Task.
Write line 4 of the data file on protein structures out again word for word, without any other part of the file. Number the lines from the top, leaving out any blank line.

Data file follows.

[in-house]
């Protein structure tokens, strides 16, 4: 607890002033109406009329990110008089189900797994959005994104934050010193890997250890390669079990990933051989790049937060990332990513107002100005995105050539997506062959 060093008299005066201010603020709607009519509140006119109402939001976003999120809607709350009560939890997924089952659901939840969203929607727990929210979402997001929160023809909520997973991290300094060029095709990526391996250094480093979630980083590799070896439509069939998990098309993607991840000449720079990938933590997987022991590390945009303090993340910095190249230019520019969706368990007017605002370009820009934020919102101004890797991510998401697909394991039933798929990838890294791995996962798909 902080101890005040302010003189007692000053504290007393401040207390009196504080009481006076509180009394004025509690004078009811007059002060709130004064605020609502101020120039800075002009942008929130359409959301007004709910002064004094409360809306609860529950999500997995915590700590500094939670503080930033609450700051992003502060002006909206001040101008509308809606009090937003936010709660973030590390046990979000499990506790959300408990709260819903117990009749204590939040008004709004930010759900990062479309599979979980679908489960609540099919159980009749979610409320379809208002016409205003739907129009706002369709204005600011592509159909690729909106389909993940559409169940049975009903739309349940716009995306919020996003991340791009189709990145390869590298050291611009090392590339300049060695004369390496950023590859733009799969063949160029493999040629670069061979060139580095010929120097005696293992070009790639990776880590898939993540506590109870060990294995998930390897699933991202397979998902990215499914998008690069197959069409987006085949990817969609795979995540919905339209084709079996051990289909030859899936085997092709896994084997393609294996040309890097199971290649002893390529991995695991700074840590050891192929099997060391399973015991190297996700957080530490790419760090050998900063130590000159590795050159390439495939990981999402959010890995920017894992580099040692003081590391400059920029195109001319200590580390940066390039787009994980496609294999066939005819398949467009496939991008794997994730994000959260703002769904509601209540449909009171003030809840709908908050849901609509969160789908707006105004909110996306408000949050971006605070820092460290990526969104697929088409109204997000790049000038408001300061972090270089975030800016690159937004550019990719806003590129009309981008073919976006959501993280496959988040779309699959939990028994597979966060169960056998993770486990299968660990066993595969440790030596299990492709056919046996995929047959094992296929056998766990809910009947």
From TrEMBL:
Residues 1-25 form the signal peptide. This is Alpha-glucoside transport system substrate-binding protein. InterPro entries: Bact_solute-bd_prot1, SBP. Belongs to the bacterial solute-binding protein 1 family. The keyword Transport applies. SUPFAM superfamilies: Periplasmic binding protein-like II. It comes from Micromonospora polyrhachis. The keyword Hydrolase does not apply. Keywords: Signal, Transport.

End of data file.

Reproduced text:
Residues 1-25 form the signal peptide. This is Alpha-glucoside transport system substrate-binding protein. InterPro entries: Bact_solute-bd_prot1, SBP. Belongs to the bacterial solute-binding protein 1 family. The keyword Transport applies. SUPFAM superfamilies: Periplasmic binding protein-like II. It comes from Micromonospora polyrhachis. The keyword Hydrolase does not apply. Keywords: Signal, Transport.